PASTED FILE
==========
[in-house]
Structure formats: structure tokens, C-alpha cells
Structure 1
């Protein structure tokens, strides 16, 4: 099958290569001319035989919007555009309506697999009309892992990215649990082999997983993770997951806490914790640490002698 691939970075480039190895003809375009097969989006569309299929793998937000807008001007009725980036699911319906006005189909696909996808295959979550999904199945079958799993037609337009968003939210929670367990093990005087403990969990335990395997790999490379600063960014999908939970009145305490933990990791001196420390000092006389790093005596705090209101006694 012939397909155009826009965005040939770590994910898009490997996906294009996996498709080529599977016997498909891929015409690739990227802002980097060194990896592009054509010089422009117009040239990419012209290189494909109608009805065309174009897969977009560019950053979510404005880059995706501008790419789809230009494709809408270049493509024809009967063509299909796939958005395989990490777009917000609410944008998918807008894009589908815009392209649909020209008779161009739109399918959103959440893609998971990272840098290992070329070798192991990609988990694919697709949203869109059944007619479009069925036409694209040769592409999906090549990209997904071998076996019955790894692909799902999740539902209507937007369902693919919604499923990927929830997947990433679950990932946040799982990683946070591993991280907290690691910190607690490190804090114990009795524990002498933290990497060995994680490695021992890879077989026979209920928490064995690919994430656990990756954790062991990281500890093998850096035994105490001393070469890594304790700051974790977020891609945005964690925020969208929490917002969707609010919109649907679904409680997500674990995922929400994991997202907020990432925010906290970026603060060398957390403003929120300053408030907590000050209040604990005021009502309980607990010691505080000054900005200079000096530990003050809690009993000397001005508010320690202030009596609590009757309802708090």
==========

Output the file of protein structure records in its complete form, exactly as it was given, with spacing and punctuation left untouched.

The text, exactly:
[in-house]
Structure formats: structure tokens, C-alpha cells
Structure 1
């Protein structure tokens, strides 16, 4: 099958290569001319035989919007555009309506697999009309892992990215649990082999997983993770997951806490914790640490002698 691939970075480039190895003809375009097969989006569309299929793998937000807008001007009725980036699911319906006005189909696909996808295959979550999904199945079958799993037609337009968003939210929670367990093990005087403990969990335990395997790999490379600063960014999908939970009145305490933990990791001196420390000092006389790093005596705090209101006694 012939397909155009826009965005040939770590994910898009490997996906294009996996498709080529599977016997498909891929015409690739990227802002980097060194990896592009054509010089422009117009040239990419012209290189494909109608009805065309174009897969977009560019950053979510404005880059995706501008790419789809230009494709809408270049493509024809009967063509299909796939958005395989990490777009917000609410944008998918807008894009589908815009392209649909020209008779161009739109399918959103959440893609998971990272840098290992070329070798192991990609988990694919697709949203869109059944007619479009069925036409694209040769592409999906090549990209997904071998076996019955790894692909799902999740539902209507937007369902693919919604499923990927929830997947990433679950990932946040799982990683946070591993991280907290690691910190607690490190804090114990009795524990002498933290990497060995994680490695021992890879077989026979209920928490064995690919994430656990990756954790062991990281500890093998850096035994105490001393070469890594304790700051974790977020891609945005964690925020969208929490917002969707609010919109649907679904409680997500674990995922929400994991997202907020990432925010906290970026603060060398957390403003929120300053408030907590000050209040604990005021009502309980607990010691505080000054900005200079000096530990003050809690009993000397001005508010320690202030009596609590009757309802708090």